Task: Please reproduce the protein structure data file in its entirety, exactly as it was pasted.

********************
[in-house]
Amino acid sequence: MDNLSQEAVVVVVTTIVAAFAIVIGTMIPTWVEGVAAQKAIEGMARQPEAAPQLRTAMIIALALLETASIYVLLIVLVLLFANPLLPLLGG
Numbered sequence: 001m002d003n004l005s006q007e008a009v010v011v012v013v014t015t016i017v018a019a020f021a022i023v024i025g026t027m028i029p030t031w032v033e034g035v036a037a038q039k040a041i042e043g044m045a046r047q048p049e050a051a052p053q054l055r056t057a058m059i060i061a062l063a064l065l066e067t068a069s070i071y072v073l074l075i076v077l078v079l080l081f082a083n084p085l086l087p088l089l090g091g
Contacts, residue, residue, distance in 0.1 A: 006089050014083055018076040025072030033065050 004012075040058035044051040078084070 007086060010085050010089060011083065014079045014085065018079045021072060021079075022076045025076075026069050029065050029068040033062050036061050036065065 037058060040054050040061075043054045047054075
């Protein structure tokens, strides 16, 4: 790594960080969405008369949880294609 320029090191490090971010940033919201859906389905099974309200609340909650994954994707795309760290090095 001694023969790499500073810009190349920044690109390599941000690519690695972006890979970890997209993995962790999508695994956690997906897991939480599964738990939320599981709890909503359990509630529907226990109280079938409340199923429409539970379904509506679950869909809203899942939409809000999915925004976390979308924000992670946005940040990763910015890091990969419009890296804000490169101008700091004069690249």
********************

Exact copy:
[in-house]
Amino acid sequence: MDNLSQEAVVVVVTTIVAAFAIVIGTMIPTWVEGVAAQKAIEGMARQPEAAPQLRTAMIIALALLETASIYVLLIVLVLLFANPLLPLLGG
Numbered sequence: 001m002d003n004l005s006q007e008a009v010v011v012v013v014t015t016i017v018a019a020f021a022i023v024i025g026t027m028i029p030t031w032v033e034g035v036a037a038q039k040a041i042e043g044m045a046r047q048p049e050a051a052p053q054l055r056t057a058m059i060i061a062l063a064l065l066e067t068a069s070i071y072v073l074l075i076v077l078v079l080l081f082a083n084p085l086l087p088l089l090g091g
Contacts, residue, residue, distance in 0.1 A: 006089050014083055018076040025072030033065050 004012075040058035044051040078084070 007086060010085050010089060011083065014079045014085065018079045021072060021079075022076045025076075026069050029065050029068040033062050036061050036065065 037058060040054050040061075043054045047054075
């Protein structure tokens, strides 16, 4: 790594960080969405008369949880294609 320029090191490090971010940033919201859906389905099974309200609340909650994954994707795309760290090095 001694023969790499500073810009190349920044690109390599941000690519690695972006890979970890997209993995962790999508695994956690997906897991939480599964738990939320599981709890909503359990509630529907226990109280079938409340199923429409539970379904509506679950869909809203899942939409809000999915925004976390979308924000992670946005940040990763910015890091990969419009890296804000490169101008700091004069690249």